detailed info: discogs.com
Few albums can be said to have had such an influence on a typical style of music as Ulver‘s Kveldssanger. Released in 1995 as the second instalment in the band’s Trilogie influenced by Norwegian folklore, it has become a seminal album in the area of dark acoustic and neofolk music, and a typical example of what happens when musicians who play metal predominantly turn to an acoustic style, and do it well. The album is positioned between Bergtatt: Et Eeventyr i 5 Capitler – which combined black metal with acoustic elements and unique choir-like vocals – and Nattens Madrigal: Aatte Hymner til Ulven i Manden – an extremely raw slab of black metal and ambient interludes. But, the album found its definite home as part of The Trilogie – Three Journeys Through The Norwegian Netherworlde, a limited box set from 1997, which collects all three ‘dark folklore’ albums on picture LP.
The album contains a unique combination of classical guitar play (by Håvard Jørgensen) and layered vocals (by Garm / Kristoffer Rygg), spread over thirteen tracks, including some instrumentals or only featuring wordless vocals. In some places, some cello (by Alf Gaaskjønli) and flute complement the basic guitar compositions. The themes are always drawn from dark folklore and nature mysticism, however, to which the titles bear witness. The album name itself translates as evening songs (or, as presented by the band, twilight songs), a perfect summary of the atmosphere. Add to that the following, only a small part of the references: “Østenfor Sol og Vestenfor Maane” – East of the Sun and West of the Moon, a familiar theme from a Norwegian fairytale, as collected by Peter Christen Asbjørnsen and Jørgen Moe; “Naturmystikk” – Nature Mysticism; “Klædt i Nattens Farver” – Clad in the Colours of Night. The album itself, unlike the two other albums from the trilogy doesn’t seem to tell a continuous story though; Kveldssanger is simply a collection of impressions taken from the same world as the other two, one that has a firm place in Norwegian culture, admirably depicted by visual artists like Theodor Kittelsen, but also the ladies responsible for the art on these Ulver albums: Maria Jacquete for Kveldssanger and Tania “Nacht” Stene for the other two.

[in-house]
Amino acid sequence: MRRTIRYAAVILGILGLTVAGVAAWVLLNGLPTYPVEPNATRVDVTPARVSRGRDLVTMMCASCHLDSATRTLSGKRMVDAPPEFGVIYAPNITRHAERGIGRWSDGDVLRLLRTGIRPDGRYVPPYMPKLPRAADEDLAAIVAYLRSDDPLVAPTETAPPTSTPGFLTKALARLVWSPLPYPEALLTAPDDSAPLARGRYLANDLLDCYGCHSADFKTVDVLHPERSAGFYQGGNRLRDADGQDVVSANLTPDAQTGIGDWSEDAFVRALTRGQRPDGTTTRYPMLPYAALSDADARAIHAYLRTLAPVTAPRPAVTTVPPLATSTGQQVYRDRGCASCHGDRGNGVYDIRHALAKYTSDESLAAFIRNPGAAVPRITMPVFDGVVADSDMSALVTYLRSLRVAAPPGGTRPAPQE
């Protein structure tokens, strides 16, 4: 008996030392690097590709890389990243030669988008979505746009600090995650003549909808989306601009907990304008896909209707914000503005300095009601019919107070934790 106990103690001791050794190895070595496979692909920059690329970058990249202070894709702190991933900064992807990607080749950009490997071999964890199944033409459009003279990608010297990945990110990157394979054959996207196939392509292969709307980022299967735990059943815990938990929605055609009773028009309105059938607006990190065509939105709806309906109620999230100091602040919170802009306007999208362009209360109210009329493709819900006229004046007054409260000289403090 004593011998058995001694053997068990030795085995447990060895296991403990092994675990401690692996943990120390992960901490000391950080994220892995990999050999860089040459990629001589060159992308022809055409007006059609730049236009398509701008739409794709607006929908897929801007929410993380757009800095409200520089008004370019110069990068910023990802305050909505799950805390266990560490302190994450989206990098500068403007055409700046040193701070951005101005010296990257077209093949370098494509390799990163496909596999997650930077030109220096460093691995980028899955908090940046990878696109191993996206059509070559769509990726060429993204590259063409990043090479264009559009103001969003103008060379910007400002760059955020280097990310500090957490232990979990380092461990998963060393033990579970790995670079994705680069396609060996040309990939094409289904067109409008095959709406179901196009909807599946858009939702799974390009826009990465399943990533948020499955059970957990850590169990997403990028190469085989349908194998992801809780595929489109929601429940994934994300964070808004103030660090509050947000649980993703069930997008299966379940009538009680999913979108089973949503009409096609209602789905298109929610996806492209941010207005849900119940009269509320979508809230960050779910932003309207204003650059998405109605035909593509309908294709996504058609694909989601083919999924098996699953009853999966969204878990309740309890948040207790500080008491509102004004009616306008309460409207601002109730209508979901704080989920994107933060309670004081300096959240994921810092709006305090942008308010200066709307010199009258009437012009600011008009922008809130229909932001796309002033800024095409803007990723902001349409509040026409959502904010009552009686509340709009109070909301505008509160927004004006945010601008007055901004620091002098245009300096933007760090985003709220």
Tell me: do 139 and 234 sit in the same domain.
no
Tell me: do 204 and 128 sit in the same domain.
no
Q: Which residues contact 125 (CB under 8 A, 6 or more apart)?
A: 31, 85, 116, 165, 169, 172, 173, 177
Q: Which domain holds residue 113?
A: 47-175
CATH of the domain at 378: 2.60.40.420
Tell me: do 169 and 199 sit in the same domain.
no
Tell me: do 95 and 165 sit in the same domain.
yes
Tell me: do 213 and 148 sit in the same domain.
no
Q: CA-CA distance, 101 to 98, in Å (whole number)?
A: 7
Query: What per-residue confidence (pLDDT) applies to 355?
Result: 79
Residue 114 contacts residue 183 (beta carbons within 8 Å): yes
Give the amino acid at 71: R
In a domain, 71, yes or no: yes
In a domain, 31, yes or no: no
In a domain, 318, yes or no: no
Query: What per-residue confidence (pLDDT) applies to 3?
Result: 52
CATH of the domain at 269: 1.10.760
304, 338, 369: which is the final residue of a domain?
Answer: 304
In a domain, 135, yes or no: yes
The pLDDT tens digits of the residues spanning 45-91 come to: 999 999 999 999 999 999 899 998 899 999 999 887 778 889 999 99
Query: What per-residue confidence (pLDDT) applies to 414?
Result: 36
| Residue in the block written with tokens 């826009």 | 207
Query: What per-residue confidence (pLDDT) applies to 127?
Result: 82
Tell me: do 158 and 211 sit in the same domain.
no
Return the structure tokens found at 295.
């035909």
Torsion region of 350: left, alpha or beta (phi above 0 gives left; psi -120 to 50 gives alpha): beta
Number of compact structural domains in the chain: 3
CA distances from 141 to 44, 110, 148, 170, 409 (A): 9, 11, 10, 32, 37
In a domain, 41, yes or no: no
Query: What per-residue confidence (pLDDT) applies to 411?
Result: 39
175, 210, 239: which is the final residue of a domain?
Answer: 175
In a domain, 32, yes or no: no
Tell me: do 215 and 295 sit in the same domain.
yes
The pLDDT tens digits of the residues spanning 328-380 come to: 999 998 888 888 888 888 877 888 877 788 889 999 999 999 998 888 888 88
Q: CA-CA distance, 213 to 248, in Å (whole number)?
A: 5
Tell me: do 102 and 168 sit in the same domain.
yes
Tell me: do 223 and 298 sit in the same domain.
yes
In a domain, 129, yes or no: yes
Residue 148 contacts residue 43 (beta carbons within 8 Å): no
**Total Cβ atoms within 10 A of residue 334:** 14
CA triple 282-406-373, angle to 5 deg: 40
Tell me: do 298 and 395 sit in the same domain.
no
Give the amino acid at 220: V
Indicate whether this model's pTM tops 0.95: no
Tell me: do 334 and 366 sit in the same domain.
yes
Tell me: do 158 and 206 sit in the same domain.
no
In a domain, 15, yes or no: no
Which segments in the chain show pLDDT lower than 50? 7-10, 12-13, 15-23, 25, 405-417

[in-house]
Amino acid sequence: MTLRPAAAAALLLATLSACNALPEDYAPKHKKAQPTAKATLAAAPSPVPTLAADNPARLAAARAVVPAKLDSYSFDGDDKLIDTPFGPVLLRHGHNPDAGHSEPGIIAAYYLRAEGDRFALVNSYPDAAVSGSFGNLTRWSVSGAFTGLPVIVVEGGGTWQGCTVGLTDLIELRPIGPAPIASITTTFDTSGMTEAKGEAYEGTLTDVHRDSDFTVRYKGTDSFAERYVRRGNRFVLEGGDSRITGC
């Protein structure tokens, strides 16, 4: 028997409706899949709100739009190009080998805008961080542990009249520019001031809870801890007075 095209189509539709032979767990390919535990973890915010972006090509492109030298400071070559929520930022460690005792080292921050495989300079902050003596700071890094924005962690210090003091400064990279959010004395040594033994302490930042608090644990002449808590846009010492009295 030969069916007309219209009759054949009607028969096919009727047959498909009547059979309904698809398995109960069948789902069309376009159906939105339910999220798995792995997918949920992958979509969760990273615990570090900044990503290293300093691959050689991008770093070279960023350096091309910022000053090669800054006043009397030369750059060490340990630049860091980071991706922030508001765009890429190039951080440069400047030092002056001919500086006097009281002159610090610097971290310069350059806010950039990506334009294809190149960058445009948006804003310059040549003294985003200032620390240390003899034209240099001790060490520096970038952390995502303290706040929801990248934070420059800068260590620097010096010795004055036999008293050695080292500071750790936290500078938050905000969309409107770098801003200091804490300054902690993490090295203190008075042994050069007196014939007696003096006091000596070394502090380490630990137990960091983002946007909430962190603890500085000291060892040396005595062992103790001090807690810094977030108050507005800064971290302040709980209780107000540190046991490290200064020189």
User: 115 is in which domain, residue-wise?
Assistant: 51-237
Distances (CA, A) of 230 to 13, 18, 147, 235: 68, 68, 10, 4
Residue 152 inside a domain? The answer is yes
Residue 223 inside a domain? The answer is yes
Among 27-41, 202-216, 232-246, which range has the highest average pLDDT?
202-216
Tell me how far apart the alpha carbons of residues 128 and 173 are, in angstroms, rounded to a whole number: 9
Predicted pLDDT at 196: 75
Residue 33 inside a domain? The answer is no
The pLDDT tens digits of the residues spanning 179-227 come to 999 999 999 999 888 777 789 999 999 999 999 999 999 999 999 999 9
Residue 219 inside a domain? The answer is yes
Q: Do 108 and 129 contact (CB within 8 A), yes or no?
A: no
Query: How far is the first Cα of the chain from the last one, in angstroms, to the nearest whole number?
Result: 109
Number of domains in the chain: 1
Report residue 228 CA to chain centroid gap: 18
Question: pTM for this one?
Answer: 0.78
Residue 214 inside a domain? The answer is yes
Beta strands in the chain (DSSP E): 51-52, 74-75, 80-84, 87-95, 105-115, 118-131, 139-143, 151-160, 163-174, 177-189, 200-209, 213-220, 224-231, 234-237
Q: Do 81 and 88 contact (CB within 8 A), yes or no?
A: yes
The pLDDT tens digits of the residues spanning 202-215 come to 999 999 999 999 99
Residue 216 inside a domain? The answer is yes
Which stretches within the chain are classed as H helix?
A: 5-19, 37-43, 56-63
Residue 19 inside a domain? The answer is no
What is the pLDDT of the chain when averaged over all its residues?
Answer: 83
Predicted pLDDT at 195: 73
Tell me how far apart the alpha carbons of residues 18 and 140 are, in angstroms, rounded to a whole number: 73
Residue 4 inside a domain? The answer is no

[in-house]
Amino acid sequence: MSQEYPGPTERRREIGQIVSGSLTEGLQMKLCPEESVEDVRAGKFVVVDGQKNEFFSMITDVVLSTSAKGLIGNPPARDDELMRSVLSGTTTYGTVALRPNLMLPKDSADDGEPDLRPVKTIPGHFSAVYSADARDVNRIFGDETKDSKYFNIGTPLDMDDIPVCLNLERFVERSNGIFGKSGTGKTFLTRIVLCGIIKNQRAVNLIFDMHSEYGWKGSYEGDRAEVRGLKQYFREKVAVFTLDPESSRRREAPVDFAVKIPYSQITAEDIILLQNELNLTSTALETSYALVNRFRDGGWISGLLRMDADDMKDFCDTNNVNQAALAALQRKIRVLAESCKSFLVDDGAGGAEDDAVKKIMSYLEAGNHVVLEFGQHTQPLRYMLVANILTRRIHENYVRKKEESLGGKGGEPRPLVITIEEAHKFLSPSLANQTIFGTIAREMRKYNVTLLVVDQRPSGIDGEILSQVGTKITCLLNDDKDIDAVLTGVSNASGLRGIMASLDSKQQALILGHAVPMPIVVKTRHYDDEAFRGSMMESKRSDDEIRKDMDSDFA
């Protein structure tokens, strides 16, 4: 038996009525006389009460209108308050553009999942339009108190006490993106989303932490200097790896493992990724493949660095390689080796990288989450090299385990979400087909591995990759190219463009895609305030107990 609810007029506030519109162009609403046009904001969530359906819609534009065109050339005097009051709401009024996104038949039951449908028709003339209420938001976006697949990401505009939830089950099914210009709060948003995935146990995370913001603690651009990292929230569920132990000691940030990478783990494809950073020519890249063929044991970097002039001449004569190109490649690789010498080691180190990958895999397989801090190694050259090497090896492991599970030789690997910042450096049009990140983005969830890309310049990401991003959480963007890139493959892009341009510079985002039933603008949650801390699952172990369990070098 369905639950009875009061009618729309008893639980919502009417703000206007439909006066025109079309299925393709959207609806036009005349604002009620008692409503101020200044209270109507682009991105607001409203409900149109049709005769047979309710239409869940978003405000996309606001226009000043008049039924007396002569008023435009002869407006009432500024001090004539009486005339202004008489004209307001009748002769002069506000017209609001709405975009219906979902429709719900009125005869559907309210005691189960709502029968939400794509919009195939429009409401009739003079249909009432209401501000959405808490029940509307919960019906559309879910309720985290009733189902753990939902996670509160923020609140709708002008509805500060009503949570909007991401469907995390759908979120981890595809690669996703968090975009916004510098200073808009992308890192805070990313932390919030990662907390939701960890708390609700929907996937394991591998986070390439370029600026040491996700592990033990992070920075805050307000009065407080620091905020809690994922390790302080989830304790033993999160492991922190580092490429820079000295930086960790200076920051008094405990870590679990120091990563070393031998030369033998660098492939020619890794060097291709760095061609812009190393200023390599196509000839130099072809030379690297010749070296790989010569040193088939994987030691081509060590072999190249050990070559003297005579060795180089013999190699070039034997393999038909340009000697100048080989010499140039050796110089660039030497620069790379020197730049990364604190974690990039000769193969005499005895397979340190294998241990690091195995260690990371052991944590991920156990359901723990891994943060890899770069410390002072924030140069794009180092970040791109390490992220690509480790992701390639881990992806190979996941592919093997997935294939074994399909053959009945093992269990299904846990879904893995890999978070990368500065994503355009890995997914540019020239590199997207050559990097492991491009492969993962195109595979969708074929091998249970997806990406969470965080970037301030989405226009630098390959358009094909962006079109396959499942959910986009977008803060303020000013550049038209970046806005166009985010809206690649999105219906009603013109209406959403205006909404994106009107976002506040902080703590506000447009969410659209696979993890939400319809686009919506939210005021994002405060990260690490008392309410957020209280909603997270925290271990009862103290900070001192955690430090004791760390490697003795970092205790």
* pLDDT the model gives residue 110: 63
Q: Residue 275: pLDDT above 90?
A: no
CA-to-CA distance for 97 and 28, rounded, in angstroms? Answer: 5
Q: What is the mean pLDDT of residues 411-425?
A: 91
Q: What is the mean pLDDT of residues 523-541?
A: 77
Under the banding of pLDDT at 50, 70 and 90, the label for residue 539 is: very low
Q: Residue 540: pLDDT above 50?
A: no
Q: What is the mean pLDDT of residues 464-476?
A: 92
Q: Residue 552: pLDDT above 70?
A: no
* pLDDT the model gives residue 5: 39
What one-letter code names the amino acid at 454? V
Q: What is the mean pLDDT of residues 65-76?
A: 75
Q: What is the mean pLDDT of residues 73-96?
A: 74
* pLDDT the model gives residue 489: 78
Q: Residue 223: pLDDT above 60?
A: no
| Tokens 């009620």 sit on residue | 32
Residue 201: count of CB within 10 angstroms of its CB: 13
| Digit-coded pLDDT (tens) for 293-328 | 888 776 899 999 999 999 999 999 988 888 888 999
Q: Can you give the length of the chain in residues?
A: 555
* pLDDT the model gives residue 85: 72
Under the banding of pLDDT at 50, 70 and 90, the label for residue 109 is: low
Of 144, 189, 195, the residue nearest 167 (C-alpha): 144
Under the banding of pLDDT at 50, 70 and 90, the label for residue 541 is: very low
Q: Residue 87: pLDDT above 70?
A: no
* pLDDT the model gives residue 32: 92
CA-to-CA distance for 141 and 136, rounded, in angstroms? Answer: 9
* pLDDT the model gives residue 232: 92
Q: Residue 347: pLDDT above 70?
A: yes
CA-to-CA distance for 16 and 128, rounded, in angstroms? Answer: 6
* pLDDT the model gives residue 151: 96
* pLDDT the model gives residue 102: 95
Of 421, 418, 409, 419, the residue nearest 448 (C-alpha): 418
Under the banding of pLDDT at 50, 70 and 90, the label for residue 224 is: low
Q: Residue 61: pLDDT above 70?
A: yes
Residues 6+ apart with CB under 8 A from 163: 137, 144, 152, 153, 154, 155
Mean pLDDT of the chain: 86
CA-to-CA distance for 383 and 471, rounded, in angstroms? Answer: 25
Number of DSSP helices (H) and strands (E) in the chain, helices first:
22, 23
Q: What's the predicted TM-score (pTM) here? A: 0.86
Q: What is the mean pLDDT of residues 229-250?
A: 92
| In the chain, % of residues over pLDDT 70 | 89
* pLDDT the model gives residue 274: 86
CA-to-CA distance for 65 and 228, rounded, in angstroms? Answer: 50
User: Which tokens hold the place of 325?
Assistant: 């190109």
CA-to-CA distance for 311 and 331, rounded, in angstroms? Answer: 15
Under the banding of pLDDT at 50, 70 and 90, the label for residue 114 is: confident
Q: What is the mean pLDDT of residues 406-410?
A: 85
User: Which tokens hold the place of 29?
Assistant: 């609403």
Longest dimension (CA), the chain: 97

This “Norwegian Netherworlde” is a mystical land situated in the wilderness, obscured by civilisation, but lurking in different guises in the far corners of every people’s culture. A place where nature shows both its darker and lighter sides. More musicians have attempted to draw on these themes, particularly on the dark side, but one always runs the risk of descending into kitsch or an infantile beautification of ‘evil’. Indeed, many of these musicians seem to have failed in walking this precarious conceptual tightrope. Granted, even Ulver itself at times violates this border in their distinctly ‘kvlt’ liner notes to these first three albums. In the music however, a perfect balance comes forth, where nature and folklore are allowed to display the many faces they present to the human observer: sad, hopeful, melancholy, grim, profound…
As said, Ulver‘s first three albums form a thematic and musical whole, and to be sure, Kveldssanger should not be seen as separaten from the other two, both of which are classic albums in their own right. However, of these albums, Kveldssanger can be said to have left the biggest mark on dark music since then. It is hard to imagine the music of projects like Vàli, October Falls, Musk Ox, Empyrium, etc. without this milestone. Indeed, many of these musicians would not pretend otherwise. While many have emulated this style however, some quite felicitously I might add, I have yet to hear an album that truly matches Kveldssanger in all its honesty, refinement, and originality.
Reviewed by O.S.
I. Østenfor Sol Og Vestenfor Maane (3:26)
II. Ord (0:18)
III. Høyfjeldsbilde (2:15)
IV. Nattleite (2:11)
V. Kveldssang (1:32)
VI. Naturmystikk (2:56)
VII. A Cappella (Sielens Sang) (1:26)
VIII. Hiertets Vee (3:55)
IX. Kledt I Nattens Farger (2:51)
X. Halling (2:08)
XI. Utreise (2:57)
XII. Søfn-ør Paa Alfers Lund (2:38)
XIII. Ulvsblakk (6:56)